While Bluetooth may seem convenient, the limited transmission rate demands higher compression and therefore lower quality audio. If you don’t mind connecting with a cable, your mobile device can deliver higher quality source audio directly to the treVolo S by bypassing Bluetooth.
The treVolo S is capable of entering “Duo Mode” which allows you to pair two units together. You can also select “Party Mode” which has each speaker producing both left and right channels or “Stereo Mode” in which one speaker produces only left and the other only right.
Before we cover the actual sound this speaker produces, it’s important to consider your experience using it. In our opinion, there are a few decent features outweighed by some glaring problems.
We appreciate things like NFC connection and the option to run via USB cable instead of Bluetooth. Also, 18 hours of playback time is quite respectable. Unfortunately, the limitations of electrostatic technology just simply don’t pair well with how we want to use a portable speaker.
As mentioned, while we wouldn’t say the treVolo S has a low build quality, the wing design immediately makes it seem less durable. While not enormous, it certainly isn’t tiny. You could fit it into a bag or larger purse, but it definitely won’t slip into a pocket. Water resistance is out of the question, and beyond that, electrostatic speakers have more susceptibility to dust and humidity.
Operating the treVolo S at home in a temperature, humidity, and low-dust environment worked without any problems. We were able to pair quickly using NFC and maintain solid connection throughout Bluetooth’s standard 30-foot range.
The BenQ app for Android and iOS was uneventful but functional, enabling us to monitor battery levels, set Duo mode, and adjust sound mode.
Though everything worked as expected in a controlled, indoor environment, we just wouldn’t have the confidence that this speaker would hold up well if we tried to take it out into the elements.
Despite our concerns about using this as a portable speaker, we hoped that the amazing sound quality produced by the electrostatic speakers would more than make up for the lack of durability and versatility.
Unfortunately, we ended up with very mixed feelings.
First, we do need to say that, particularly with “3D Mode” enabled, the clarity and staging of some tracks was phenomenal for a small speaker. It handled vocals, classical, and acoustic guitar tracks exceptionally well. While BenQ isn’t especially clear about what 3-D mode entails, these tracks, particularly live recordings, brought on a very rich, clear, and immersive feel.
Our main complaints were not entirely unexpected with an electrostatic speaker. Overall volume was quite low, and bass in particular was very anemic. Even with the hybrid woofer design, the treVolo S struggled to reproduce upright bass on jazz tracks and didn’t stand a chance against the booming bass from hip hop or dance samples.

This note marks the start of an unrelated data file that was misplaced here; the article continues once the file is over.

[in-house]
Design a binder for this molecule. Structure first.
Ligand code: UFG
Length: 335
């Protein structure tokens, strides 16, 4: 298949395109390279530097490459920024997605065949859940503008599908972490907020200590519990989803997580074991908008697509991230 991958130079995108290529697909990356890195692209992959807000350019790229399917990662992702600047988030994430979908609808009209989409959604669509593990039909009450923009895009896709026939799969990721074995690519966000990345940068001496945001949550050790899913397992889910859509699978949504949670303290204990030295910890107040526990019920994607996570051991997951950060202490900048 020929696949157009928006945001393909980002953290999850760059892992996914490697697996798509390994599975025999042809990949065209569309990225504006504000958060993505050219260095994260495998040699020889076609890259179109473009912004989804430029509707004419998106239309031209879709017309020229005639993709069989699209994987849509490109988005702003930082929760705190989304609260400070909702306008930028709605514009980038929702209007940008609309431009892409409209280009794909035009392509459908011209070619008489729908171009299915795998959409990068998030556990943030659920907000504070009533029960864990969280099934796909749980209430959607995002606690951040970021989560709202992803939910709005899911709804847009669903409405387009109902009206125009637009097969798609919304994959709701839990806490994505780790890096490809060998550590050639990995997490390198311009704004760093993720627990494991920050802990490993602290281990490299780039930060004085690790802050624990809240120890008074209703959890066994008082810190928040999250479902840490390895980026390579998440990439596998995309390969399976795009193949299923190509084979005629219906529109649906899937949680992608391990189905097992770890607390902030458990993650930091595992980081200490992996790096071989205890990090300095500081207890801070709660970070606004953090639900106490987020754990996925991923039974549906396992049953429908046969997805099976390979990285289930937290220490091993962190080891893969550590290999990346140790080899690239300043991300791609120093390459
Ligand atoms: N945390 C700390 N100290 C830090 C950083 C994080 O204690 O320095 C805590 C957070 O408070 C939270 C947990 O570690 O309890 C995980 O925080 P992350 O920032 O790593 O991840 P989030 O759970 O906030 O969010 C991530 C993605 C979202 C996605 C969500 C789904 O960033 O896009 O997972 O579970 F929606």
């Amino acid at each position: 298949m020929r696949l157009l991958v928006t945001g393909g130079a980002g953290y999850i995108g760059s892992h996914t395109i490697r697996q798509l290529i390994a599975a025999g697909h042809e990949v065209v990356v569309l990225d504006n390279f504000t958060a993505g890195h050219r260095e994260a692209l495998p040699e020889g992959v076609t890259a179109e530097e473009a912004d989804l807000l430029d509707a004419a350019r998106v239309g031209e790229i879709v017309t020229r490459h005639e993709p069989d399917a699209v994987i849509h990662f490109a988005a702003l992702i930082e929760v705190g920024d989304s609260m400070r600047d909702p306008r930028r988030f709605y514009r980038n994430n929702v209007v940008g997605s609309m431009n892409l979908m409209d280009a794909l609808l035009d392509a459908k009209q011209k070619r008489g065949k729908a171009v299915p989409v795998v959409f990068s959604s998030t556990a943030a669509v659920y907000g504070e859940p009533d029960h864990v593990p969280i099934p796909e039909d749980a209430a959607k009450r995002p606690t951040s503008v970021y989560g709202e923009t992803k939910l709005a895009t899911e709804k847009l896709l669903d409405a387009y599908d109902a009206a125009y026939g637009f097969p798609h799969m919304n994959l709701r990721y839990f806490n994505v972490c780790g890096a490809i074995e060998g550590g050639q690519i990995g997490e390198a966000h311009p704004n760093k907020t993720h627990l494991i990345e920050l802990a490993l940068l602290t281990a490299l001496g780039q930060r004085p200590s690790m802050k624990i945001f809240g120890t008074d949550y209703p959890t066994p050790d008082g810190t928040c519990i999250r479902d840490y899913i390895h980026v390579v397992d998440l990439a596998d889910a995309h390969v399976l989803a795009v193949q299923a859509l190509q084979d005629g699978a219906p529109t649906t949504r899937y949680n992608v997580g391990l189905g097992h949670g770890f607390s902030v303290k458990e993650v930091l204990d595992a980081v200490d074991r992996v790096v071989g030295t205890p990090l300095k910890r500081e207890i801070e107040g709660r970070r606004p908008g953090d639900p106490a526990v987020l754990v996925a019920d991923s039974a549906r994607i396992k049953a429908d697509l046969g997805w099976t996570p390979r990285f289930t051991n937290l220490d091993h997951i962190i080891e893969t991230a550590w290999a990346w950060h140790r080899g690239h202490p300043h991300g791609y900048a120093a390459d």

Also, due to the directional nature of electrostatic technology, the sound didn’t seem to fill the room in the same way that other speakers would. Instead, while we had great clarity sitting directly in front of the treVolo S, as we moved around the room the quality changed or diminished.
All in all, we’d consider this a good speaker for personal listening to particular types of music while sitting stationary in one location. We can’t really picture recommending the treVolo S for a wide variety of outdoor scenarios or group settings.
Not every Bluetooth speaker needs to be the same. They don’t all have to be built like tanks to withstand the worst that nature or humans can throw at them. They don’t all have to pump out blisteringly loud, distorted music with thumping bass just because that’s what people at a pool party might want to hear.
We applaud BenQ for their boldness to do something different. The original treVolo speaker was the first electrostatic Bluetooth speaker in existence and it doesn’t seem that any other manufacturers have been overly eager to follow in their footsteps.
In our opinion, the treVolo S seems to fall in the awkward middle ground where it doesn’t suit anyone’s needs exceptionally well. The unsophisticated listener isn’t discerning enough about audio quality to care. An outdoorsy, adventurous type of user might appreciate the sound quality but require a more durable unit. Anyone who likes hosting parties may not be able to get around the comparatively low volume. The ideal user profile gets narrowed down to audiophiles who appreciate quality music but want a portable speaker for listening to particular types of music either by themselves or with very small, quiet groups.
This level of specificity instantly rules out many users. This isn’t inherently bad. In fact, we love the fact that gadgets exist to cater to incredibly specific niche markets. This product diversity makes electronics fun and interesting instead of a procession of cloned products all designed to appeal to the masses.
While it can’t make many claims of versatility or durability, the treVolo S furthers BenQ’s bold move to bring electrostatic speakers in a portable, Bluetooth package. As long as the treVolo meets your needs, there’s really nothing else like it.